John Byrne: The moment Michael said “I’m doing this” an experienced integration team was selected led by Howard Elias, currently President for Dell EMC Services and IT from the legacy EMC side, who was a part of HP-Compaq merger and Rory Read, Chief Integration Officer for the Dell and EMC integration, from the legacy Dell side. It wasn’t a part-time role. The team had to manage a lot of work streams, such as go-to-market or IT work streams, to make the whole process smooth and tackle all the challenges swiftly. I think the team has done a phenomenal job.
That’s probably the best way around it, to form a team of people who have experience in similar types of transaction so decisions can be made quickly and people felt comfortable.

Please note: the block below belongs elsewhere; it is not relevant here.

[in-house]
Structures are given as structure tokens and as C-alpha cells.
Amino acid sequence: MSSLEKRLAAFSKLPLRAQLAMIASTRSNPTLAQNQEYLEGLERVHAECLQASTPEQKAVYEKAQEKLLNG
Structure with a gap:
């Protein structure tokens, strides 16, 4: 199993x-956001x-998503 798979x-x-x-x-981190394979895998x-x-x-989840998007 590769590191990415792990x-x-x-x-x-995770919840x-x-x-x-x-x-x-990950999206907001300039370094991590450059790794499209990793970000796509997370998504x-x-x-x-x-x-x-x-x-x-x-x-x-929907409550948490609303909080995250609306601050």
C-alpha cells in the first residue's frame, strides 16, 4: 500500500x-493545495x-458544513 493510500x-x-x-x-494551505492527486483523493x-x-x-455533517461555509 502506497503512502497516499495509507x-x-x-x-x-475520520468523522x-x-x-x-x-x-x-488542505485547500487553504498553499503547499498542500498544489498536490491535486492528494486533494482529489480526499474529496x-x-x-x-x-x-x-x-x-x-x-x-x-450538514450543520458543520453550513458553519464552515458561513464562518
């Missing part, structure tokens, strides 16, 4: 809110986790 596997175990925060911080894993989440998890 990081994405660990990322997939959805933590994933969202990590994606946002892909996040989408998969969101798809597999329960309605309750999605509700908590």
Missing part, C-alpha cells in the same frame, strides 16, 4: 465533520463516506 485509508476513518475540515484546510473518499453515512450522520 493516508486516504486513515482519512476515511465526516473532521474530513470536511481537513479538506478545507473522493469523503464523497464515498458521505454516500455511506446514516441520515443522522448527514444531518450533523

John Byrne: Absolutely, for instance we had our FRS, Field Ready Seminar, in Vegas four weeks ago, with more than four thousand sales managers. We were very consistent in terms of our strategy and where we’re headed towards and how we can help our customers. It was also the level of excitement, enthusiasm, passion and consistency that was startling. Michael deserves a lot of credit for it. You have to remember that the combined company – Dell Technologies – is made up of unique family of businesses, including Dell, Dell EMC, VMWare, Pivotal, RSA, SecureWorks, and Virtustream. The partner program we built is for Dell EMC, but when we’re looking at partner selection, or distribution selection, we’re definitely considering the future, which is Dell Technologies enabled. So, if any of other brands were ever to come in and join the program, it won’t be an overhaul of our partner strategy.
Well, you’ve just gotten off a 27-hour flight and you’re still pretty excited about it.